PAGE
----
USPSTF Lowers Colorectal Cancer Screening Age

The U.S. Preventive Services Task Force (USPSTF) has adjusted its guidelines for colorectal cancer screening, recommending that people at average risk begin screening exams at age 45. The previous set of guidelines, issued in 2016, suggested that screening began at age 50. The change is in line with the adjustment the American Cancer Society made to its own guidelines in 2018. Incidence rates for colorectal cancer among under 50s have been rising for some time, and people under 50 are often misdiagnosed, which can delay treatment. “The potential of the USPSTF guideline change to decrease mortality related to colorectal cancer will only be realized if it is accompanied by strategic implementation,” reads an editorial published alongside the new guidelines in JAMA, which notes that only 68.8% of people in the U.S. were up to date with their colorectal cancer screenings in 2018, a figure that was lower among the uninsured and underinsured, those with low income, and racial and ethnic minorities. “These statistics underscore the point that it is critical to reach the approximately one-third of the population 50 years or older that remains unscreened, as this is the age group with the highest risk of colorectal cancer and for whom the potential benefit of screening is greatest.”

Parking Fees Remain Troublesome for Cancer Patients

Even given the increasing prevalence of telehealth, hastened by the pandemic, regular trips to hospitals are routine for many cancer patients and survivors. Unfortunately, these visits can often be accompanied by an expense many would consider unwarranted: parking fees. As well as being a source of financial toxicity for many patients, the added cost of parking can impede cancer research by discouraging potential participants in clinical trials from enrolling. An article published by Kaiser Health News collects viewpoints from people dealing with these expenses, as well as Fumiko Chino, a radiation oncologist researching the effect of these charges, and Vijay Trisal, a surgical oncologist from one of the 20 National Cancer Institute-designated hospitals that waive parking fees for patients. “Charging cancer patients for parking is like a knife in the back,” said Trisal, who is chief medical officer at City of Hope National Medical Center in Los Angeles. “We can’t control copays, but we can control what patients pay for parking.”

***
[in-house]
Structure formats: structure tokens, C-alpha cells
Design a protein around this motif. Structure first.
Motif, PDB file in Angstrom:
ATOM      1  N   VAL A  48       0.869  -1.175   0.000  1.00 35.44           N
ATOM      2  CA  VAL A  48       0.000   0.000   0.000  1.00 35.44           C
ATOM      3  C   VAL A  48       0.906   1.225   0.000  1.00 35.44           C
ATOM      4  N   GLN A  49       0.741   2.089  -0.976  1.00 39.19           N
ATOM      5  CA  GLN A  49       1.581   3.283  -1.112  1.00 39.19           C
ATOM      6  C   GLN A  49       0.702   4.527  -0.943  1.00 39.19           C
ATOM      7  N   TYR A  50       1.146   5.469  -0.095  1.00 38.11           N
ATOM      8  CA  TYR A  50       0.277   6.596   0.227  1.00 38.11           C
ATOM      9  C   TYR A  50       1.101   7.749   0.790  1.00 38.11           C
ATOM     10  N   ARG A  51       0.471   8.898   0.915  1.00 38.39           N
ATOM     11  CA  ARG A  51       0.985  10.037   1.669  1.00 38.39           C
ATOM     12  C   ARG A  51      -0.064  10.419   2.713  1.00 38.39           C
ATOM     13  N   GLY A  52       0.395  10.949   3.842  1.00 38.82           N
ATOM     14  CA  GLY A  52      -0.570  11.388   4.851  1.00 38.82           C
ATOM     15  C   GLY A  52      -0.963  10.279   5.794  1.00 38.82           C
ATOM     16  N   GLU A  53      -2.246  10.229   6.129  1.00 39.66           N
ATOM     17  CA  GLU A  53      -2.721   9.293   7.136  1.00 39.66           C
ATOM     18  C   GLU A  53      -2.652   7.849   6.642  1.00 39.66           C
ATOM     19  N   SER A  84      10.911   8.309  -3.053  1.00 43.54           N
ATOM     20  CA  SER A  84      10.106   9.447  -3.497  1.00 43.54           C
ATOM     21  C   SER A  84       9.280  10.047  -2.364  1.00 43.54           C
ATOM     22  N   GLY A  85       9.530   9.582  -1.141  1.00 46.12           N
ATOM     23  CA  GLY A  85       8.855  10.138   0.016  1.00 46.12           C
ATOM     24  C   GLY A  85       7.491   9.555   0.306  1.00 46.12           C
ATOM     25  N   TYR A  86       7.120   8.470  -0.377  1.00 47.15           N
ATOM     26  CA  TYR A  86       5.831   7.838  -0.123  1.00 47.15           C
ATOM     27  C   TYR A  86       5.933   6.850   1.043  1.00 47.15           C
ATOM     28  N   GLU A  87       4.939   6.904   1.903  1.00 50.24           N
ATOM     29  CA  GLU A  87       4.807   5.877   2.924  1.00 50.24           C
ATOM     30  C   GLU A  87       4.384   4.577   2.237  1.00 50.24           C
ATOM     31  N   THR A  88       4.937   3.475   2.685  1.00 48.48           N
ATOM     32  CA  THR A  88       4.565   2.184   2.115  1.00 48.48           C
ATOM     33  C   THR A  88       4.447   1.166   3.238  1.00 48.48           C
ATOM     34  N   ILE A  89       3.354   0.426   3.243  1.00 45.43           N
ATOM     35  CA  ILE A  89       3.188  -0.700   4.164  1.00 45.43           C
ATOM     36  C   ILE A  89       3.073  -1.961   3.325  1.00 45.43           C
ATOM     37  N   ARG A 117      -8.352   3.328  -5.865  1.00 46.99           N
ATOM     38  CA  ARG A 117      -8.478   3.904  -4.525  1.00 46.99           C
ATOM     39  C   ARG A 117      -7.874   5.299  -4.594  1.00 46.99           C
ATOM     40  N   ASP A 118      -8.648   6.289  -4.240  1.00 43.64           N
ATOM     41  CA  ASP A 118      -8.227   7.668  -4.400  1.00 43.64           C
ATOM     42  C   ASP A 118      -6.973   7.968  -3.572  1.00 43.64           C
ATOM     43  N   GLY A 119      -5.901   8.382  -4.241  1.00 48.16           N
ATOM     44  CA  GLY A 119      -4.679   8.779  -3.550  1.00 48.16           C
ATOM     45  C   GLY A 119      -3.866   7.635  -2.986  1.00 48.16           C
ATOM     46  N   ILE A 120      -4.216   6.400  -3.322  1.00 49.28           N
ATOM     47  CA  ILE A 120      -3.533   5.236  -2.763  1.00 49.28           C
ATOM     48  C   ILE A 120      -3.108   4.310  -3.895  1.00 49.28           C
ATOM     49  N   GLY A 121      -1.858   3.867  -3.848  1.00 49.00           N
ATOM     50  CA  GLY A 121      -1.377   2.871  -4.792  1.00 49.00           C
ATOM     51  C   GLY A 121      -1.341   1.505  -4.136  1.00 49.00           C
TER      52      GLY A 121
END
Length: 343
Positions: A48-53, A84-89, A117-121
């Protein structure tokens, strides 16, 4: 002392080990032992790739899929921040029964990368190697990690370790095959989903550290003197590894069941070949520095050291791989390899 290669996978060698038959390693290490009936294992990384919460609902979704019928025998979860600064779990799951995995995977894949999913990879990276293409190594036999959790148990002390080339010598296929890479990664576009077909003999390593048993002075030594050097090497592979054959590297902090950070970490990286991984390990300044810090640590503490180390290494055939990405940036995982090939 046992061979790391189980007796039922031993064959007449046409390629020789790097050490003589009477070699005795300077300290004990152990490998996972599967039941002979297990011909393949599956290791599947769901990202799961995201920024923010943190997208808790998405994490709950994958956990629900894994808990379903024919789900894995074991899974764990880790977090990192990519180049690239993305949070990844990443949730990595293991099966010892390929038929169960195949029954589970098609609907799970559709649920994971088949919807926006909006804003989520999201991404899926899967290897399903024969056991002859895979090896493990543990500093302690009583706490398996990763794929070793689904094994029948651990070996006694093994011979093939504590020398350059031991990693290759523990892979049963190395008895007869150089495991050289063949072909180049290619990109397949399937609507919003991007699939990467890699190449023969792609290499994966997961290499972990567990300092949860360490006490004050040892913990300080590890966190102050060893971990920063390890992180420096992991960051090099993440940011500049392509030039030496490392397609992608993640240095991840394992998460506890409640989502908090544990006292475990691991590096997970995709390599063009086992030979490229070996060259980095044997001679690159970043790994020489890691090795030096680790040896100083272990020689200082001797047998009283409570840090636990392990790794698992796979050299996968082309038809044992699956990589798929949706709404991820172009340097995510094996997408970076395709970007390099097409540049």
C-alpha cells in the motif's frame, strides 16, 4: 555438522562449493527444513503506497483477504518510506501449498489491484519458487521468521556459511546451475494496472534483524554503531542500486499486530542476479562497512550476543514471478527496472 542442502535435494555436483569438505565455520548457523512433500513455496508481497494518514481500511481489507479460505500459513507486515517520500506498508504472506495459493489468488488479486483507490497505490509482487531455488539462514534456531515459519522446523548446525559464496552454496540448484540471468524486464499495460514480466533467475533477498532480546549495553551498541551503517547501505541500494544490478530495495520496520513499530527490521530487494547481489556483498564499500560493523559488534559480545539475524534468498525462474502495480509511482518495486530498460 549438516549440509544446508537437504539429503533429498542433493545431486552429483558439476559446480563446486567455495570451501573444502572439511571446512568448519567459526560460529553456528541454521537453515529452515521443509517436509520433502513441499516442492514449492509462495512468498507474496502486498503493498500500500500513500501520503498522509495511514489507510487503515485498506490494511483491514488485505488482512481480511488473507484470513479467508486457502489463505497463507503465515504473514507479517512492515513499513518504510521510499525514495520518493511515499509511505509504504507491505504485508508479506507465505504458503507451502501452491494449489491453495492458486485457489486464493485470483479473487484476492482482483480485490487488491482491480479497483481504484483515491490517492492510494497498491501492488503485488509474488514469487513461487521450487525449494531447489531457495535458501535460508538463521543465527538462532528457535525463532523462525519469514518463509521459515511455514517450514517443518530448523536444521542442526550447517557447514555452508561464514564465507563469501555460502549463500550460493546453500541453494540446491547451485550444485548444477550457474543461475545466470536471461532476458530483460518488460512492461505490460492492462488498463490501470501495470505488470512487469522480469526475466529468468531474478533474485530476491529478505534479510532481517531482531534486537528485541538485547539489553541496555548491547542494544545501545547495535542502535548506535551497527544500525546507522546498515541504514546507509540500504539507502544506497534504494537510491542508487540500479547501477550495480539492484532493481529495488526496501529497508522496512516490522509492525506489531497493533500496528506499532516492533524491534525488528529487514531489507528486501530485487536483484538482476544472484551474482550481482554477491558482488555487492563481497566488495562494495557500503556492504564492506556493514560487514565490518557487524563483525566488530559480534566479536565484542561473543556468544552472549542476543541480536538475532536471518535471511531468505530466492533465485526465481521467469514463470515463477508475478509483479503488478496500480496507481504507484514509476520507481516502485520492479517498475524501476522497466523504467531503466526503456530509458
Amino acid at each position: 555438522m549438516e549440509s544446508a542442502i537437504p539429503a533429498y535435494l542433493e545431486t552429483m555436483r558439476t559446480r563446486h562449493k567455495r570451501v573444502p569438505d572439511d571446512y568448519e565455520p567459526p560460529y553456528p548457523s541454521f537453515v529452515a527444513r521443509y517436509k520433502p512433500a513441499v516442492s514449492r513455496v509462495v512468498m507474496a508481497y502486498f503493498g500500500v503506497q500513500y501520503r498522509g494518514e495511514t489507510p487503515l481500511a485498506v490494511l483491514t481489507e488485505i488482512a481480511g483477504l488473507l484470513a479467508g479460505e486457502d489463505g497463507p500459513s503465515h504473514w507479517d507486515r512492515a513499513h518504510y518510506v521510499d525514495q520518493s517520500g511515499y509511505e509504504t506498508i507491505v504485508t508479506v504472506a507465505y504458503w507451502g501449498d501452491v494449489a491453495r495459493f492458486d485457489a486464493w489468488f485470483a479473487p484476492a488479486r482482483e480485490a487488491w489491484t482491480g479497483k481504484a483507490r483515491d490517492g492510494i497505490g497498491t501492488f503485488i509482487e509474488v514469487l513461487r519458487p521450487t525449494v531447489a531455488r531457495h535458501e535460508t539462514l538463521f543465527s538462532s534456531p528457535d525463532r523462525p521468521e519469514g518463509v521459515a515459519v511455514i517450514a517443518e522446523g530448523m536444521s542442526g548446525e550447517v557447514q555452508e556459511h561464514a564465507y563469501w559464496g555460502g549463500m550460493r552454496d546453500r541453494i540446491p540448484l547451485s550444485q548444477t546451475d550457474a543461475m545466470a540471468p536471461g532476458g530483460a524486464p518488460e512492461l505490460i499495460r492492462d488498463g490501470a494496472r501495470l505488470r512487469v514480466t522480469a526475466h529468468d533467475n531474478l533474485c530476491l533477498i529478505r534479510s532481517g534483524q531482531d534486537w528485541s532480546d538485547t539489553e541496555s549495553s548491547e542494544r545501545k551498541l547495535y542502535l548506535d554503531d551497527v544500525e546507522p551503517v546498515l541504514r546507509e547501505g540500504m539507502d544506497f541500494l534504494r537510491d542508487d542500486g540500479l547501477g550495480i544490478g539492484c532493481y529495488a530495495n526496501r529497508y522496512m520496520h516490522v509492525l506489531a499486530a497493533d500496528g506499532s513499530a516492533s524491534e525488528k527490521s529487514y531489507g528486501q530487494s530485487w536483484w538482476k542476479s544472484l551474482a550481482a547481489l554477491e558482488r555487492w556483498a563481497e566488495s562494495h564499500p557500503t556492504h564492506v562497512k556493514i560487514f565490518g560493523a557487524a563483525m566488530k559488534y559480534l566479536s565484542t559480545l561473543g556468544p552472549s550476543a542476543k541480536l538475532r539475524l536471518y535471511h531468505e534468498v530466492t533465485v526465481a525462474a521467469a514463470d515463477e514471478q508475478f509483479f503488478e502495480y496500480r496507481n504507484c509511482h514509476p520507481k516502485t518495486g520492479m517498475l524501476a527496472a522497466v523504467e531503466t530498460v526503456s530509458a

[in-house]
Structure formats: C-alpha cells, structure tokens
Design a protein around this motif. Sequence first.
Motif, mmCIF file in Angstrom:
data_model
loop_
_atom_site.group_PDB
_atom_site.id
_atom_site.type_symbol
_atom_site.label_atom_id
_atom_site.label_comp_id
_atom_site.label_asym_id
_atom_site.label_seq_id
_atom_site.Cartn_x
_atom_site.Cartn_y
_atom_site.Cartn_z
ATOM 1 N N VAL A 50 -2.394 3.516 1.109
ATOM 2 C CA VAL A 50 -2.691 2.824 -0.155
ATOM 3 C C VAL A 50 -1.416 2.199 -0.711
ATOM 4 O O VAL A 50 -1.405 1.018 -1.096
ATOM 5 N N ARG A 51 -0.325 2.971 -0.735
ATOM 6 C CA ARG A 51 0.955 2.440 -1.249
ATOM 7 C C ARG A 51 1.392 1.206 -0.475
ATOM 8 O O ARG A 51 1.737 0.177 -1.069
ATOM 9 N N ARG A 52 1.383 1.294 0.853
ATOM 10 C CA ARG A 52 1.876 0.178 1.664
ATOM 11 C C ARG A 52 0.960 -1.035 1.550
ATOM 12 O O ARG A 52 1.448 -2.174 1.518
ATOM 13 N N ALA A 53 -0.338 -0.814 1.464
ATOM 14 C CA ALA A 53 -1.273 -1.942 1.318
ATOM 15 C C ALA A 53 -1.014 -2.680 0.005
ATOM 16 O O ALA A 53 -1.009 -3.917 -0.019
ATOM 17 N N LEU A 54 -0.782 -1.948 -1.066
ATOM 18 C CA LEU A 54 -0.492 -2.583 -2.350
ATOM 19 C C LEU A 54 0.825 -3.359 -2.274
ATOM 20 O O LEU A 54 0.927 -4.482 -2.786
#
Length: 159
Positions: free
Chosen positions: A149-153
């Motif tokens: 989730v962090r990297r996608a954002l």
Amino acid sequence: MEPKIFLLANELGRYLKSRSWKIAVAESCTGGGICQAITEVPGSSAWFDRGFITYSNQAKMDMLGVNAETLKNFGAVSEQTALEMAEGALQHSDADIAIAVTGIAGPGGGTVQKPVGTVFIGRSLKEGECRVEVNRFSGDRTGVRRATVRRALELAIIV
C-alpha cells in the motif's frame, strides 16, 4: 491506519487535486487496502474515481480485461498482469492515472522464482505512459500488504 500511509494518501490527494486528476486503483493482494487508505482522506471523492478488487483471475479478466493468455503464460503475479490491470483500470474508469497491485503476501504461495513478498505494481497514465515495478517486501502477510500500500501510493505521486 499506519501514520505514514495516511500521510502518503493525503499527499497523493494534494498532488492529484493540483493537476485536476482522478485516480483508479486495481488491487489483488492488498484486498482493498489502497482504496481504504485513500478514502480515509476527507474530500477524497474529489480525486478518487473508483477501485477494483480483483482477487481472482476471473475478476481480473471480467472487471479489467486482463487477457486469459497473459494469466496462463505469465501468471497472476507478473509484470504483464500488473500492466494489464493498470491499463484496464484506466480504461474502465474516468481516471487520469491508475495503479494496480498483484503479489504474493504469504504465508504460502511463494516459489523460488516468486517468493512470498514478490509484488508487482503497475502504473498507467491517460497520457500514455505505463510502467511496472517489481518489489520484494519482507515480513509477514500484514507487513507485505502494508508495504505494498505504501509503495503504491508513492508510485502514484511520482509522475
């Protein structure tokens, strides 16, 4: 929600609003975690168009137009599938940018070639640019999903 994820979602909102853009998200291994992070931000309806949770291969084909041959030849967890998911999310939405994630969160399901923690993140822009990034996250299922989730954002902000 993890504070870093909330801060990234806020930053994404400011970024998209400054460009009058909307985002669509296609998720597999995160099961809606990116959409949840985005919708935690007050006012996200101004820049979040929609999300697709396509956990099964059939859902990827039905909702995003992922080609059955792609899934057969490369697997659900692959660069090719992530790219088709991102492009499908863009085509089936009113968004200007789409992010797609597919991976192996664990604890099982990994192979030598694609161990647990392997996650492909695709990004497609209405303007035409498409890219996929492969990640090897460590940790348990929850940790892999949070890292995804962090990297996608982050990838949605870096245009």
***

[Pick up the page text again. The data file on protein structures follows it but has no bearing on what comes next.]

Iceland Investigates Precursor to Multiple Myeloma

A study intended to shed light on monoclonal gammopathy of undetermined significance (MGUS), a precursor to multiple myeloma, has gotten underway in Iceland after enrolling over half of the country’s residents who were born before 1976. The high participation is being attributed to extensive promotion with a strong presence on social media, the ability to provide informed consent electronically as well as via mail, and the opportunity to submit blood samples as part of a routine blood draw. The study, details of which were published May 17 in Blood Cancer Journal, saw 80,759 participants agree to have their blood tested for MGUS, with those who test positive going on to participate in a clinical trial. Those participating in the trial will be randomly assigned to one of three groups: The first group will not be informed of their MGUS status and will receive standard health care, the second group will receive follow-up based on current guidelines for people with MGUS stratified by individual risk, and the third group will undergo more intensive follow-up including bone marrow sampling and whole-body low-dose computerized tomography. Iceland’s homogenous population of 329,000 people—93% of whom are ethnically Icelandic, per a report from CNBC—makes it easier for scientists to trace genetic mutations that can impact cancer risk. However, the study’s authors acknowledge that this homogeneity will limit their ability to generalize findings in a way that’s inclusive of nonwhite populations. 

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